Simple I2C SSD1306 driver for AVR

in AVR, library by DP | 0 comments


Jean THOMAS of TiBounise writes:

I wrote a small SSD1306 library for AVR, with a framebuffer.
It even features a small simulator to let you have a preview of what it’ll look like on the OLED screen without having to upload again and again code to your development board.

The library is released under a very permissive license, to allow people to integrate it without any constraints.

Available on Github.

Via the contact form.

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Basic Experimenter Board for rapid prototyping of electronic circuits

in dev boards by DP | 2 comments


Raj of Embedded Lab has published new project the Basic Experimenter Board for easy prototyping of electronics circuits:

Most electronics projects require some common stuff like regulated power supply, input tact switches, and output LEDs during prototyping and testing phase. Wiring these things on a breadboard for every new project could be time consuming and boring. We introduce you the Basic Experimenter Board, a general purpose develoment tool that will not only reduce the prototyping time for your next project but also free up plenty of space on the breadboard. It features regulated 3.3V and 5.0V power supply on board along with four output LEDs, four input tact switches, one output buzzer with driver circuit, a potentiometer for simulating analog input, and a 480-point breadboard for rapidly prototyping and testing your electronic circuits.

Using the Bus Pirate to see if it’s alive- TI HDC1000

in Bus Pirate by DP | 2 comments


Inderpreet of EmbeddedCode writes:

This mini article is part of a larger project an I will link to it at the end. For this project, I was required to use the TI HDC1000 and instead of buying a module, I decided to get samples and a make a PCB of my own. This would be great except I had to create the footprints which are almost microscopic! Anyways I got it made from SeeedStudios and I bought one of those ultra cheap hot air stations with no indications about temperature or airflow and some paste and got started. The reflow happened painlessly and I was pretty happy with myself. Before I move on to mounting any other parts, I decided to see if the HDC1000 was alive or had kicked the bucked in my hotair experiment.
So I started with soldering the header as well as power test pins and I hooked up the BusPirate. Har har har! I think I can explain the rest via a video and so…

Check out the video after the break.

Get an assembled Bus Pirate for $30, including world-wide shipping. Also available from our friendly distributors.

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Posted in Bus Pirate | Tagged , | 2 Comments

GPS clock assembly, part III

in clock by DP | 0 comments


An update on Kevin Rye’s GPS clock project we covered previously:

I’ve been working on this clock for a long time, and a lot of effort has been put into it. I’ve learned so much from this project. I do have to admit some parts of the code aren’t as elegant as they should be, but it works. With the code complete, all that’s left to do is try my hand at designing a 3D printed joystick for the 5-way switch.

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Simple DIY lab power supply

in power supply by DP | 0 comments


Bajdi  made this DIY lab power supply and wrote a post on his blog detailing its assembly:

My DIY lab PSU has 10 binding posts in total. The ones on the left provide 12V, 5V and 3V3. The 12V output comes straight from the laptop power supply. The 5V and 3V3 are provided by a KIM055L and a KIM035L module. These can output 5A of current. The other 4 are the outputs of a LM2596-adjustable and a XL4015 regulator. The LM2596 is a simple adjustable voltage regulator board. I desoldered the trimpot and soldered a regular potentiometer to it.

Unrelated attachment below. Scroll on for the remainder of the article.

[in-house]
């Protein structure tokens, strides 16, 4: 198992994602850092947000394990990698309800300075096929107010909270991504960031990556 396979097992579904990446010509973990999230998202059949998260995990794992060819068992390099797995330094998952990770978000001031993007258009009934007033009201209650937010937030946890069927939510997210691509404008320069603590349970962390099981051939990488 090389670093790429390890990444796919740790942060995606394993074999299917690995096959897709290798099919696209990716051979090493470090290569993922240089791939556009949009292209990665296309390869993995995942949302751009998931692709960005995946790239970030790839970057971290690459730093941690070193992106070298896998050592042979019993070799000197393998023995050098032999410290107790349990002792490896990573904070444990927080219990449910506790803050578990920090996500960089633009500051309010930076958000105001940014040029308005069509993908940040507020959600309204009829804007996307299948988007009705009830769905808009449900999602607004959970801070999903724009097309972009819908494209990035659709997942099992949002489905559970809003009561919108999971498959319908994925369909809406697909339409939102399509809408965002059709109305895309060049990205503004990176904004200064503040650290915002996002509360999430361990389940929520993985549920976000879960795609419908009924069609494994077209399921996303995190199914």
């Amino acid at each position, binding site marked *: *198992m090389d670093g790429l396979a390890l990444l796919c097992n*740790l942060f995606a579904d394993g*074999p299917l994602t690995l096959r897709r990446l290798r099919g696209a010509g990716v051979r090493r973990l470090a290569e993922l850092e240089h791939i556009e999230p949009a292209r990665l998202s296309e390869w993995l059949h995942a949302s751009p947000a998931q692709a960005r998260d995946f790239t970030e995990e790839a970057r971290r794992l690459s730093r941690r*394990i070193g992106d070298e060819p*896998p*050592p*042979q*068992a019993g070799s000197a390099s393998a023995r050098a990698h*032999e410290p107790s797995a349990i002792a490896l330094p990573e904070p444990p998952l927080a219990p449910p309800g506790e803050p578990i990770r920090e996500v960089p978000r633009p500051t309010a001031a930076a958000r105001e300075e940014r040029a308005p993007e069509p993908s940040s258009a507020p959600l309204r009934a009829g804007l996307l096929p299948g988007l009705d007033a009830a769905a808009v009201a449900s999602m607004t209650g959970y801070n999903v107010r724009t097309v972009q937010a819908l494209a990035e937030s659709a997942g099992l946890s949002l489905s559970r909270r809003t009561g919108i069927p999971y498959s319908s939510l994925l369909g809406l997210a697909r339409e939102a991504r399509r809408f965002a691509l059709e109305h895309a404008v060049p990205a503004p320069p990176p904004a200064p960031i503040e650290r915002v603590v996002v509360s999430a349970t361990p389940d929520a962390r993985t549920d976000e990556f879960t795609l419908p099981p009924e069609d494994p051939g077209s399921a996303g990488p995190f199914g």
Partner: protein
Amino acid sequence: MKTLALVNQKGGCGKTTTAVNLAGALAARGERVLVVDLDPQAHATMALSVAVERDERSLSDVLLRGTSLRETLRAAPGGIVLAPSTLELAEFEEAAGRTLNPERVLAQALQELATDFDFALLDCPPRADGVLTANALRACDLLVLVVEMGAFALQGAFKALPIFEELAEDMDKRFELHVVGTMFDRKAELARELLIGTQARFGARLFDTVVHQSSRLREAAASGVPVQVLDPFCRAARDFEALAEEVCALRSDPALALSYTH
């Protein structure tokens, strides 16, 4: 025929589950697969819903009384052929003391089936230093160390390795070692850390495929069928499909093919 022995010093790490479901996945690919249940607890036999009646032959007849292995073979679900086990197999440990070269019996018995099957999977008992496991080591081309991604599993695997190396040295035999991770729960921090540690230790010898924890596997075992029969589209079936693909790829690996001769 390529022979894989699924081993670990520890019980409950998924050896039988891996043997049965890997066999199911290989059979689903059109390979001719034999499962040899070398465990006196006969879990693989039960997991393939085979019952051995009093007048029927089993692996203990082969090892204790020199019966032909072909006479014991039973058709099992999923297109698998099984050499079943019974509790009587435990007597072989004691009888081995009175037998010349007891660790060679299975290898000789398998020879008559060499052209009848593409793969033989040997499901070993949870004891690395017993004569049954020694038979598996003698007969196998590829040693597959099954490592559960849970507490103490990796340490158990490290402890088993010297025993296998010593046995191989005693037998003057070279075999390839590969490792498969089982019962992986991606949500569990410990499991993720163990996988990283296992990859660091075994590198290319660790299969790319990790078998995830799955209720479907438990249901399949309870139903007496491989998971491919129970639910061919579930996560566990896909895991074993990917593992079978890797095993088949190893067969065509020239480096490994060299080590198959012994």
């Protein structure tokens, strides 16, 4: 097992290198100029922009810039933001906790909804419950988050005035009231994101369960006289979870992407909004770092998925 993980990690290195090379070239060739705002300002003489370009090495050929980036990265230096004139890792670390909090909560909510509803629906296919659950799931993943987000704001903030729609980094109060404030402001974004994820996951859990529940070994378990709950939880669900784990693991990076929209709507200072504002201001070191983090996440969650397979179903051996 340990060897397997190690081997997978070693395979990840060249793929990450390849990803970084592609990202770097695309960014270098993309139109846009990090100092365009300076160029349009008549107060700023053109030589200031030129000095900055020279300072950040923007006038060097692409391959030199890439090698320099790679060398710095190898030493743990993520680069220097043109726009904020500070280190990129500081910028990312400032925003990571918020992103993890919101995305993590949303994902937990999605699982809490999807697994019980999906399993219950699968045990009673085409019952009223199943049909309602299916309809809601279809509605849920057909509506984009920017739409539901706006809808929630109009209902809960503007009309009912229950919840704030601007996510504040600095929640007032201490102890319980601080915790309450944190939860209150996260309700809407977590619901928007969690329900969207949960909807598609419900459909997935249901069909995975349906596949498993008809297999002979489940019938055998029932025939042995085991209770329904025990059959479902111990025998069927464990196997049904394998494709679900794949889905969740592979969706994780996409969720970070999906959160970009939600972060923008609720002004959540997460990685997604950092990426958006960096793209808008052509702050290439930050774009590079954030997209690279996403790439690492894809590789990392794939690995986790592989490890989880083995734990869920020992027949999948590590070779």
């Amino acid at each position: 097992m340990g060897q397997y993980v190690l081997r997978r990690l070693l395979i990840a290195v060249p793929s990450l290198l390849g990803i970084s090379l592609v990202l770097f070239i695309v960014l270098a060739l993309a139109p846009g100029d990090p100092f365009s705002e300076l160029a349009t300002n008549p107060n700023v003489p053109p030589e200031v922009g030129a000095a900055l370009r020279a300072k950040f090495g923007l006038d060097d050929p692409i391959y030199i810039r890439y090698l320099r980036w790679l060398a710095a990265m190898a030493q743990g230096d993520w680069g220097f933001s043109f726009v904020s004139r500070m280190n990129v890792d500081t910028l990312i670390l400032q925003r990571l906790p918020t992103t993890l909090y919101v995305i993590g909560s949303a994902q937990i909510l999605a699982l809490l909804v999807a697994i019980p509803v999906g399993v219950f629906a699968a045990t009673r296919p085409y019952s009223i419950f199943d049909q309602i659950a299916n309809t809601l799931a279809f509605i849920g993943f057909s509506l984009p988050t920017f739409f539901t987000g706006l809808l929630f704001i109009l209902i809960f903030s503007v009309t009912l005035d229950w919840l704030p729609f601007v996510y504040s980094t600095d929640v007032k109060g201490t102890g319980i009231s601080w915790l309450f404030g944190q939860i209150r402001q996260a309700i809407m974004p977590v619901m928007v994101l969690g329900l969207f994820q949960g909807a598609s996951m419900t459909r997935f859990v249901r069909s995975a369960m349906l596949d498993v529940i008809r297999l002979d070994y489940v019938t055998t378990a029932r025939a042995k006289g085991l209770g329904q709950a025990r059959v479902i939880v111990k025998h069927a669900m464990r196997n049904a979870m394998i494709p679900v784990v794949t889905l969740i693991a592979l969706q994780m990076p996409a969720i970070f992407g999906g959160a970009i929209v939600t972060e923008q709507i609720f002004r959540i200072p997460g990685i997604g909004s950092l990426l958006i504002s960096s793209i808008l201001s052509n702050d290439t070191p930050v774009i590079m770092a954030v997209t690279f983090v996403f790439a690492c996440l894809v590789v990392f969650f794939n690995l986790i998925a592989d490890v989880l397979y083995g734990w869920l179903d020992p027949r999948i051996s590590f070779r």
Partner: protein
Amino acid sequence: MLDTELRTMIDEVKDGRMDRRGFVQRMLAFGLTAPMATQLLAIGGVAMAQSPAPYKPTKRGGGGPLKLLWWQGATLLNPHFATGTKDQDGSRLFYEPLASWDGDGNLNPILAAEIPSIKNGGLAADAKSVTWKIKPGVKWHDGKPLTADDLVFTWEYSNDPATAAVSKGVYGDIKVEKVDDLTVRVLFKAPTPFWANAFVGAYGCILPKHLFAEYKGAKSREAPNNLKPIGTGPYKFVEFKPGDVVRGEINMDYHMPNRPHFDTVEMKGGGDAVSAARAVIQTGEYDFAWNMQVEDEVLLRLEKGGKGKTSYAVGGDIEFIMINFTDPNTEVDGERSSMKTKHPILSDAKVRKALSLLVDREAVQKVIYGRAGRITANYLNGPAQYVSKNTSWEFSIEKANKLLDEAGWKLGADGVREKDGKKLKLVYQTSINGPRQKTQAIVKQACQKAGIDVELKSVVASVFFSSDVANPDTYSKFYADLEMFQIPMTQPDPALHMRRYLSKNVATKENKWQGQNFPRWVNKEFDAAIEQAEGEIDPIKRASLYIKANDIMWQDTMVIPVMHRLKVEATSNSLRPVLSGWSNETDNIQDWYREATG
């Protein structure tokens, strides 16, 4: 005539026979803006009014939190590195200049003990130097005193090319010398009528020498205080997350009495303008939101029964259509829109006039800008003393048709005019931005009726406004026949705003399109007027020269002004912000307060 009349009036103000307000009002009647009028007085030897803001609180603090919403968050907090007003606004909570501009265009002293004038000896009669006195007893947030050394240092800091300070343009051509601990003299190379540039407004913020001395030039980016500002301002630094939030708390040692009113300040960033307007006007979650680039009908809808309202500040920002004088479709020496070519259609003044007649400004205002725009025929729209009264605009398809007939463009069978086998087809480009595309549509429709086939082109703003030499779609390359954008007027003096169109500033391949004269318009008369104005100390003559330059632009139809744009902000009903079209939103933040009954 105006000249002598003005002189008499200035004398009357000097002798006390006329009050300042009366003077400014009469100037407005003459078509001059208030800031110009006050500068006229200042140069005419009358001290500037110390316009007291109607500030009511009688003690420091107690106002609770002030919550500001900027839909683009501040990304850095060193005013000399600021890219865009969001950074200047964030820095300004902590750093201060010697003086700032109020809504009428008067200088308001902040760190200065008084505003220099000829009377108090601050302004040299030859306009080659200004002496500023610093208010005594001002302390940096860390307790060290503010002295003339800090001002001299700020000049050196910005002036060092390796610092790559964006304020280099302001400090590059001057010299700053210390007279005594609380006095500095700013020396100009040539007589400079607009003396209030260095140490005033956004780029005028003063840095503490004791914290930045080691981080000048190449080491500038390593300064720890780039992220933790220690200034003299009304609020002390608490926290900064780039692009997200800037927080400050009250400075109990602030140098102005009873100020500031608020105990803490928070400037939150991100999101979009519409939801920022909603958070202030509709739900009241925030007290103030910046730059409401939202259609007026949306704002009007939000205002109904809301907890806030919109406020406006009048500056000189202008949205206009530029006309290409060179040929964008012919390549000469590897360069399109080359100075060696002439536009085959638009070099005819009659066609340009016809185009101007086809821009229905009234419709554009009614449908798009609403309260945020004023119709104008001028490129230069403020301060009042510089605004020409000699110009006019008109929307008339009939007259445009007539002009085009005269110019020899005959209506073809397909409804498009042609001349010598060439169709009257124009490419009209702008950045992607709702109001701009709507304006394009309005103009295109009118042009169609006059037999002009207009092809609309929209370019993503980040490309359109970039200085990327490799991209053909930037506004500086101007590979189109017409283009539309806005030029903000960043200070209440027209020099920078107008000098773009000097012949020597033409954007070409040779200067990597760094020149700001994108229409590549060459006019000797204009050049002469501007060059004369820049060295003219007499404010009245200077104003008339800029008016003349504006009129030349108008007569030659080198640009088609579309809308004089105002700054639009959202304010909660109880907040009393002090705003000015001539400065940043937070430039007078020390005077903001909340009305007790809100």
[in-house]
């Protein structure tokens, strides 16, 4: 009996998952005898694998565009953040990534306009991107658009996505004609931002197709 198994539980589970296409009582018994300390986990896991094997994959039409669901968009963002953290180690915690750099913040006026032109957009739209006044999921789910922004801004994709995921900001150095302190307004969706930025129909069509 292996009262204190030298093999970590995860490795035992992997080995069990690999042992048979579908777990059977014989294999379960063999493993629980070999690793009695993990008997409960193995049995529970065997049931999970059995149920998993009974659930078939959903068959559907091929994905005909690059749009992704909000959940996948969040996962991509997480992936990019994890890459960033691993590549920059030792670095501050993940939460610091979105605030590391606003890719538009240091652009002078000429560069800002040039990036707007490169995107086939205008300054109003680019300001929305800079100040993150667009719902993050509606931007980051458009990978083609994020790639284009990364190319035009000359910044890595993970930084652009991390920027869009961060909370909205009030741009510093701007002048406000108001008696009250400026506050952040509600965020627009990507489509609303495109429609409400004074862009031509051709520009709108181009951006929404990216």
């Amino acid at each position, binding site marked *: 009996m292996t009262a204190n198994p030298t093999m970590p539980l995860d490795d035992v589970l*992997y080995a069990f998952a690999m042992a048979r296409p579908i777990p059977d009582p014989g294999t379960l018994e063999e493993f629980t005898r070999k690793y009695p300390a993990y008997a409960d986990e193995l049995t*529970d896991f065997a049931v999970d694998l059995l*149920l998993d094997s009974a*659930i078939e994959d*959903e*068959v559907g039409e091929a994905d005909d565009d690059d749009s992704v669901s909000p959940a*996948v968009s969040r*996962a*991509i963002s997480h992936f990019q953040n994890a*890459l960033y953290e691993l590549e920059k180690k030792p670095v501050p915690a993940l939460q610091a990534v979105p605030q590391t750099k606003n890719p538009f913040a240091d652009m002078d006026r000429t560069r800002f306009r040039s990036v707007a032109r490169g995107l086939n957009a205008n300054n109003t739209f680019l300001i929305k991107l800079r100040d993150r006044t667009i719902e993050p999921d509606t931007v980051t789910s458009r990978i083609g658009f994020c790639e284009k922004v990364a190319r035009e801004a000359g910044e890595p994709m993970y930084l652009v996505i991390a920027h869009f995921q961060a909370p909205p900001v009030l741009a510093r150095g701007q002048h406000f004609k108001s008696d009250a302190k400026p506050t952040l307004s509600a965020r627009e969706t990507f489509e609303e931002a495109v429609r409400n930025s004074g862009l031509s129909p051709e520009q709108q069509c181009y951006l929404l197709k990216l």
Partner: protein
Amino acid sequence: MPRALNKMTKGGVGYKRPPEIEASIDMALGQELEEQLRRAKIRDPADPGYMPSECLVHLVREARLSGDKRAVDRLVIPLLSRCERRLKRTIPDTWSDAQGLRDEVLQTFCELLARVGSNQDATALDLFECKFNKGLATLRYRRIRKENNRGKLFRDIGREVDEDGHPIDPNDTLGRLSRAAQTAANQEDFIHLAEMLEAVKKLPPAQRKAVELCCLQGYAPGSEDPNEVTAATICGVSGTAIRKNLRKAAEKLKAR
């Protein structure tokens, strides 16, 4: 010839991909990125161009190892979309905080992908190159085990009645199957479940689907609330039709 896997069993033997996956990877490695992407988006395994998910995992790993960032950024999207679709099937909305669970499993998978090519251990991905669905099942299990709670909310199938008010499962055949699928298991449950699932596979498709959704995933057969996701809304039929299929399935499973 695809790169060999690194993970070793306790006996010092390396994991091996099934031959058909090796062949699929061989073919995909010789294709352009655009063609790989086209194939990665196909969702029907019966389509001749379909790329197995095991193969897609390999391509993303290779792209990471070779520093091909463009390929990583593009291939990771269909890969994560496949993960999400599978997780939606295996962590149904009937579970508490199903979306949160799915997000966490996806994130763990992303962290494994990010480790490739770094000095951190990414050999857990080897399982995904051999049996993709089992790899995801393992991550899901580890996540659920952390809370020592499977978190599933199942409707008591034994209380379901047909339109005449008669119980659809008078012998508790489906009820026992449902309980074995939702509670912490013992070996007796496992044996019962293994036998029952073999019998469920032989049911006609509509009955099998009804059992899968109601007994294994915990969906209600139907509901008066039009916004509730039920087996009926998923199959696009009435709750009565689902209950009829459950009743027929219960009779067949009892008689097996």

The XL4015 breakout board is setup as a constant current regulator. It has 2 trimpots to set voltage and current. I again desoldered the little trimpots from the board and soldered 2 potentiometers to it. I fitted the 3 potentiometers to the front plate and added 3 nice buttons so I can easily adjust them.
The left panel meter shows the output voltage of the LM2596, the right panel meter displays the voltage and current of the XL4015 output.

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Free PCB Sunday: Pick your PCB

in Free PCBs by DP | 65 comments


We go through a lot of prototype PCBs, and end up with lots of extras that we’ll never use. Every Sunday we give away a few PCBs from one of our past or future projects, or a related prototype. Our PCBs are made through Seeed Studio’s Fusion board service. This week two random commenters will get a coupon code for the free PCB drawer tomorrow morning. Pick your own PCB. You get unlimited free PCBs now – finish one and we’ll send you another! Don’t forget there’s free PCBs three times every week:

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Posted in Free PCBs | Tagged | 65 Comments

App note: SD(HC)-memory card and MMC interface conditioning

in app notes by DP | 0 comments


An ESD and EMI protection app note(PDF) from NXP for SD and MMC memory interfaces.

This document gives an overview about different ESD protection and EMI filter devices optimized for SD-memory card and MMC interfaces. These devices cover the range from 1-bit to current standard 4-bit (SD-memory card, SD 2.0) or 8-bit (MMC) high-speed memory card interfaces.

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App note: Energy Harvesting reference design user’s guide

in app notes by DP | 0 comments


An application note from Silicon Labs on energy harvesting reference design user’s guide(PDF!):

The purpose of this reference design is to demonstrate an ultra low power wireless sensor, powered from an energy harvesting source. This application is typical of systems which wake periodically to measure and transmit results. Since it is powered from an energy harvesting source, no batteries need to be replaced for the life of the system (life expectancy is greater than 15 years or 7000 mA-H) and the wireless node can be designed with a very thin profile (battery height is 0.17 mm). The system consists of two components: a wireless Sensor node and an EZRadioPRO® USB Dongle. The Sensor Node uses a Silicon Labs Si1012 wireless MCU. The Dongle uses a Silicon Labs C8051F342 MCU and a Silicon Labs Si4431 radio.